Iíve been a working musician most of my life, recorded extensively, performed on three continents, and have worked with Grammy-, RMI-, and Tony-winning artists.
About a decade ago I began teaching music for a few colleges. As an extension of my classroom lectures, I began to visit libraries, schools, and other organizations, to speak about some of my favorite musical topics and these lectures have really caught on. The most satisfying aspect: attendees have told me that they listen to music differently now than before we met. My passion for the topics is obvious and contagious. These days, I Zoom, which has allowed me to expand my horizons. For instance, I just did my second lecture for the University of Limerick in Ireland.
The most popular presentation is ďThe Beatles - 50 Years LaterĒ.
This is not an Ďoverviewí of the Fab Four. Everyone knows who they were, that they wore long hair, came from Liverpool, etc. I donít need to go over common knowledge. What I try to achieve in this lecture is akin to what a master chef might aim for in a cooking class. Itís not about the big picture - instead, itís about that pinch of a spice that might otherwise go unnoticed, itís about the mostly subtle elements that make the recipe pop in your mouth. Itís about recognizing the details. I talk about instrumentation, chord movement, lyric depth, individual contributions; the spices in the recipes. That said, it's important to note that my presentations are geared to the layperson. You don't need musical knowledge to have a great time; only a love of music.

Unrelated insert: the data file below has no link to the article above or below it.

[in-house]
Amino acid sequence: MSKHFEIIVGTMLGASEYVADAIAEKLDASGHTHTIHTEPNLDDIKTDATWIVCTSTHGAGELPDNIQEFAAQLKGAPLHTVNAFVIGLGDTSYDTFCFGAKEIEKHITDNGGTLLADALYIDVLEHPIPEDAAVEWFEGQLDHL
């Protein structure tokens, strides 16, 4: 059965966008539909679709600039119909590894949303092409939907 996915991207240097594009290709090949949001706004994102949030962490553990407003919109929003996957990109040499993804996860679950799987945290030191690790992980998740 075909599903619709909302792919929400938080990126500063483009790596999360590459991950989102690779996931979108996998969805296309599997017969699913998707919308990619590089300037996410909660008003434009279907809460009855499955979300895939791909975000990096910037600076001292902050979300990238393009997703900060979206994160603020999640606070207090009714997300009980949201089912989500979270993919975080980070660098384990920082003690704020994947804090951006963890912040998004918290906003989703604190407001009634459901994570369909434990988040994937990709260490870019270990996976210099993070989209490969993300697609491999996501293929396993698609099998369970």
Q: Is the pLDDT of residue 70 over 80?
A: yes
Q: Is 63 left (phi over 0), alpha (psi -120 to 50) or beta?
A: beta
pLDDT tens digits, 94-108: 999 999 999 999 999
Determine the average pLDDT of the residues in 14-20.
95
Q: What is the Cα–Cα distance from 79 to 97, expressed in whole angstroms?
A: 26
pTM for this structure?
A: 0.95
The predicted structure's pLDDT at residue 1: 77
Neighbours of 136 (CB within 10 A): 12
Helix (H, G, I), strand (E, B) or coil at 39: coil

My background (until The Beatles showed up) is classical. Classical music is still (and always will be) part of my life. Hence, the following:
"Back to Bach" is a lecture about the daddy of modern music theory and construction, J.S. Bach. He wrote the book, both literally and figuratively, about how music works. We learn about some of his great works, the patterns of harmony he perfected, and by the end of this talk, will understand the complexity - and beauty - of the gems he gave the world.
"Learning Ludwig". The world recently celebrated the 250th anniversary of Beethoven's birthday. In this talk, we explore the passion and emotion that was Ludwig, and what created the volatile genius he was. We dive into some of his great works, and taste some of HIS spices.
"The Three Bs". This phrase used to mean Bach, Beethoven and Berlioz. Then it became B, B and Brahms. I'VE made it more modern and with a wider scope. MY Three Bs is Bach, Beethoven and The Beatles. This is a series, one session per entity, and has caught on. I draw comparisons, and point out shared elements!
"Jazz - an American art" is about the history, evolution, styles and components of this art form that is truly American. Jazz was born here, but is also our gift to other countries. We'll explore the styles, personalities and geniuses encompassed in this wonderful music.
I also offer a series called ďHow Music WorksĒ and itís generic and wider in scope. Itís a mixture of music history, theory, evolution, milestones, styles. About 75% geared to classical music and 25% to jazz, itís got something for (almost) everyone. Iím a flexible speaker, and the focus of the individual sessions is somewhat directed by the crowdís interest. To a degree, we can go where that interest leads us.
Again, itís important to note that these presentations are designed for music fans with any level of background, from formally schooled players to those who know nothing about the inner workings of music. All you need is an interest in music and a desire to learn more.
If this is intriguing to you or your organization, please visit my website at www.barrybassist.com for more information and contact info, and letís talk.
Contact Barry Wiesenfeld
Location: Orange County, NY
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